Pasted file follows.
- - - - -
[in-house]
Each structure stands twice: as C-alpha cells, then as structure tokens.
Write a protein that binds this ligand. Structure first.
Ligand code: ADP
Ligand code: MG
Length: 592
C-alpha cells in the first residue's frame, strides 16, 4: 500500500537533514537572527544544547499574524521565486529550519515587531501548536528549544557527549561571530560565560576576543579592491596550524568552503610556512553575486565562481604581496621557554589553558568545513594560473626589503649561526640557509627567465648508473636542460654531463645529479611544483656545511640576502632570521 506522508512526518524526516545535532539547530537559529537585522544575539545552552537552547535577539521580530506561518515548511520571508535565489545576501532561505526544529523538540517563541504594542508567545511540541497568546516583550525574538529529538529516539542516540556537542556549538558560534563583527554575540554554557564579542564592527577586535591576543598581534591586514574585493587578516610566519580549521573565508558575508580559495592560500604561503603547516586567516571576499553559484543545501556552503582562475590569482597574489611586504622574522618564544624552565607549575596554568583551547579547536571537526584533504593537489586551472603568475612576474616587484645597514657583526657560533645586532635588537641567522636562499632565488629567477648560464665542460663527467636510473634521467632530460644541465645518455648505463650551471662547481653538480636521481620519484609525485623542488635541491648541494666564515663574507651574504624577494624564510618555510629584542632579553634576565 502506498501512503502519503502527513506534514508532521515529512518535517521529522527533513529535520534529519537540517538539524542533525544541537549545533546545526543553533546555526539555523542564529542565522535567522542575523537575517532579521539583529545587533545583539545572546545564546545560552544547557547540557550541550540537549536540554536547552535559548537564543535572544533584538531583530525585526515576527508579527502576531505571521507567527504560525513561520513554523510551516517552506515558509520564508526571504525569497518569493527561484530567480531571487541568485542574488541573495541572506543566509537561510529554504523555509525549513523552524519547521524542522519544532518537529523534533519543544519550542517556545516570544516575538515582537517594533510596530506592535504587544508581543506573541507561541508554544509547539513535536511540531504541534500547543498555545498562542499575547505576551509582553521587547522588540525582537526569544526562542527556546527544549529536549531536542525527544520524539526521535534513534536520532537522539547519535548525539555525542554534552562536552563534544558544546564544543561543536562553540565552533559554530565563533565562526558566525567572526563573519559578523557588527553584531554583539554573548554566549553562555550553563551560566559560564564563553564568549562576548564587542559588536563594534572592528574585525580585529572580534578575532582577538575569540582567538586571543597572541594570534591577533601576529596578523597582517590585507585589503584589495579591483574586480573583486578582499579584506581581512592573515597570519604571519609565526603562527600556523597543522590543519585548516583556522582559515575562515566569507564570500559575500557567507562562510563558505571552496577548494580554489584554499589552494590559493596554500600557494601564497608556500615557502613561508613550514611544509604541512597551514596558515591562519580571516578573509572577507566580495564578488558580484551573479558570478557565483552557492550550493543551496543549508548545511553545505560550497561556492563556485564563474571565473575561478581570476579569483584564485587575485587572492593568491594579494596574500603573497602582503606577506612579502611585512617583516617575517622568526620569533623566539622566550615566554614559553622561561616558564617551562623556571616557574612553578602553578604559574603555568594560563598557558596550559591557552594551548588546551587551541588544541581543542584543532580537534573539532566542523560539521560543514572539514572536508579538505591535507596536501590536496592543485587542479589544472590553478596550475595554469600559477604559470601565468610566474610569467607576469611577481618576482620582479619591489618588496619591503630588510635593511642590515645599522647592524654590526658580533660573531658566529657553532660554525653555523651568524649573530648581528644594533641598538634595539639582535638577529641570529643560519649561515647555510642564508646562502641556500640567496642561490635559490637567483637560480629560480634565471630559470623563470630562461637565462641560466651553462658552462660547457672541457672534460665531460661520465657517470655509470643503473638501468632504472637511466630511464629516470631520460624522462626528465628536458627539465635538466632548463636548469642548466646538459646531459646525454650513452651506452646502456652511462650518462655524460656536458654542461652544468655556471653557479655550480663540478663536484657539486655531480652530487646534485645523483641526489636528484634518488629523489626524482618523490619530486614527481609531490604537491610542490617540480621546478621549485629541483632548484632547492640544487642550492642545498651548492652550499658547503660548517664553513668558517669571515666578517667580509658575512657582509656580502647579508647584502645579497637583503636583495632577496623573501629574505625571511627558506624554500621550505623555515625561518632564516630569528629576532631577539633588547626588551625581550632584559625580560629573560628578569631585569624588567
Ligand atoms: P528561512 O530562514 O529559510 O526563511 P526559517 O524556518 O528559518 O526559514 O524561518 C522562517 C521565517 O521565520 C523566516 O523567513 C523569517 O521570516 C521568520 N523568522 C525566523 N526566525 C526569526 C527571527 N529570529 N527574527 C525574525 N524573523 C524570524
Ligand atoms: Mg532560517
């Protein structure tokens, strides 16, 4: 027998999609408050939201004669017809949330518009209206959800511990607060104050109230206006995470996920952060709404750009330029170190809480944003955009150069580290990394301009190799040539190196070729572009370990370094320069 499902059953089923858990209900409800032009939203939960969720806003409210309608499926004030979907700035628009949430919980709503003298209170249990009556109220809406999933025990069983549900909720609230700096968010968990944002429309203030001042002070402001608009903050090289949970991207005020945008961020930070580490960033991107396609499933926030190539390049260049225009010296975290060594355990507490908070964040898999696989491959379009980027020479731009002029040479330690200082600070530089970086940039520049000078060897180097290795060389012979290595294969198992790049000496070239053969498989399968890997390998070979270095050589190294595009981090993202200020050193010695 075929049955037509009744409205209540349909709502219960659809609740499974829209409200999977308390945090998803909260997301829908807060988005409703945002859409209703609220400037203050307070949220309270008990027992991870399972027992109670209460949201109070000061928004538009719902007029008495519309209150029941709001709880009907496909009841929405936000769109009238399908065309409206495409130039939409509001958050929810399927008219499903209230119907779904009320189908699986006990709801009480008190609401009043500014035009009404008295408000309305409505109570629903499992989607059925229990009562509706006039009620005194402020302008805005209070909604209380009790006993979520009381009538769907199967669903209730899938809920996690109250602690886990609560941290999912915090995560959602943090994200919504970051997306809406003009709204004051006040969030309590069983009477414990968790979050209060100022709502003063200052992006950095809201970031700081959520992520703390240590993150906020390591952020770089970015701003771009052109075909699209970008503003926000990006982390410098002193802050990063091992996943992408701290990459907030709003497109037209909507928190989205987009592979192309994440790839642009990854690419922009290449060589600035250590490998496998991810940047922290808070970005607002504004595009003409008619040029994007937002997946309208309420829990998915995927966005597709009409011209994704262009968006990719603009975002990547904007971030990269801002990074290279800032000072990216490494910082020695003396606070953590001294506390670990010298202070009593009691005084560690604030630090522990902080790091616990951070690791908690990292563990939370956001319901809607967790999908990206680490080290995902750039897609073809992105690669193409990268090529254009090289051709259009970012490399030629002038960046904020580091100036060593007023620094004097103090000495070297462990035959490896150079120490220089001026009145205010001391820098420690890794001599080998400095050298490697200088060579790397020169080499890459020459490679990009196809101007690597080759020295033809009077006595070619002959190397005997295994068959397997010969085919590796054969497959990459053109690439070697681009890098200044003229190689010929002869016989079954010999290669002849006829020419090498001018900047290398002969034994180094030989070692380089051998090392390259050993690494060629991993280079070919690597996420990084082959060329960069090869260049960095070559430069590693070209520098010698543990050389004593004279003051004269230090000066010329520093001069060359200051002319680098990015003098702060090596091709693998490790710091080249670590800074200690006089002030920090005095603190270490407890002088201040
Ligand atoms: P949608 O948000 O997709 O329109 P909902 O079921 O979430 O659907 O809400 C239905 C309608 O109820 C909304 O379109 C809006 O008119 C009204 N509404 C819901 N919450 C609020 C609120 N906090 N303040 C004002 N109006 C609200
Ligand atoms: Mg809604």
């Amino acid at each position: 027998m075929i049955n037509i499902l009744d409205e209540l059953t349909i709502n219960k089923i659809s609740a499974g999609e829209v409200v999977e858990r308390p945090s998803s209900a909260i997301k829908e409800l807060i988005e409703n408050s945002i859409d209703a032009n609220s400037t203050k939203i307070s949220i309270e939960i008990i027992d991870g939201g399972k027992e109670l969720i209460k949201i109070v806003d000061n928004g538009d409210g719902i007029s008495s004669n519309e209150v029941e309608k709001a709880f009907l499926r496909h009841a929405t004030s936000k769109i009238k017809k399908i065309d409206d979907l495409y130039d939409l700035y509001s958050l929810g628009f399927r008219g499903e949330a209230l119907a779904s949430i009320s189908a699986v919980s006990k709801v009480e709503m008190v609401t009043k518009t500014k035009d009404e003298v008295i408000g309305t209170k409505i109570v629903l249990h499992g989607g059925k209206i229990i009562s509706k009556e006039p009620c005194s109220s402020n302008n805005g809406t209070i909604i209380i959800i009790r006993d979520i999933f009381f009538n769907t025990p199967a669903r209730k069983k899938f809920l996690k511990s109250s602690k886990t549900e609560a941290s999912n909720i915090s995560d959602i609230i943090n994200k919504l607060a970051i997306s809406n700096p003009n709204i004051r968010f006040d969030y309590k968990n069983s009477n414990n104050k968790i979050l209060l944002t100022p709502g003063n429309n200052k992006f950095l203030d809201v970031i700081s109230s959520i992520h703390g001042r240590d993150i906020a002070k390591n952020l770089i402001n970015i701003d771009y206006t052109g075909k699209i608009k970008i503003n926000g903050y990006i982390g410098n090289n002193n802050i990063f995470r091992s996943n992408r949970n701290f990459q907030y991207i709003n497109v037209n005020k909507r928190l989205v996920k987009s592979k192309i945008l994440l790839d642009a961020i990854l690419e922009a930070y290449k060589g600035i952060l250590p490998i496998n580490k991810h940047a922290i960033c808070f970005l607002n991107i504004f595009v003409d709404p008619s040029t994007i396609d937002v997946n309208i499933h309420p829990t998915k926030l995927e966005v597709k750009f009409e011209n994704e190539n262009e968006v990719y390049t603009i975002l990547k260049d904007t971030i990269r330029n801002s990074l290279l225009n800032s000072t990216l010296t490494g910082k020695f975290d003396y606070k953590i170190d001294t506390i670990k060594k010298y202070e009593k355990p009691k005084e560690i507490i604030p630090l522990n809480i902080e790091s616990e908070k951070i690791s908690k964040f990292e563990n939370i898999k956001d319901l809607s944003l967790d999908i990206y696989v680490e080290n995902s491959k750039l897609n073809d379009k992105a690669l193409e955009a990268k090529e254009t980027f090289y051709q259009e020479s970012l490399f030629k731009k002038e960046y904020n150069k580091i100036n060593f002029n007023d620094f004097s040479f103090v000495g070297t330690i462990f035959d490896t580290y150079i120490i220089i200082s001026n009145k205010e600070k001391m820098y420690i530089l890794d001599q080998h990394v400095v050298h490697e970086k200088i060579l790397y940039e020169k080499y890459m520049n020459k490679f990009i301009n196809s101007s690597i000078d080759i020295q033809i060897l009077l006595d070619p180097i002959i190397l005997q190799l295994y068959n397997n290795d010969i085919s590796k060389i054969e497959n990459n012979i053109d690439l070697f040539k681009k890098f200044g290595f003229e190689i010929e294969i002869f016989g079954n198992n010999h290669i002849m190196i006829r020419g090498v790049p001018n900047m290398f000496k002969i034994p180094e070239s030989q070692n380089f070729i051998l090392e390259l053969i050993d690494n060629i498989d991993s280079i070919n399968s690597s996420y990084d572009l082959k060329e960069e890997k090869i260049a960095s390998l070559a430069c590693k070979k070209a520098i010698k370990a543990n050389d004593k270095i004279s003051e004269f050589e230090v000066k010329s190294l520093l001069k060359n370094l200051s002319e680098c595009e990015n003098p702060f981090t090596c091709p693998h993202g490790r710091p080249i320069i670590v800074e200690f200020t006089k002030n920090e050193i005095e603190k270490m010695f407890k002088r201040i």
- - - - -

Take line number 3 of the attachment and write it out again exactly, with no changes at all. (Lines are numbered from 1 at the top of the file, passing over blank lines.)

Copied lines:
Write a protein that binds this ligand. Structure first.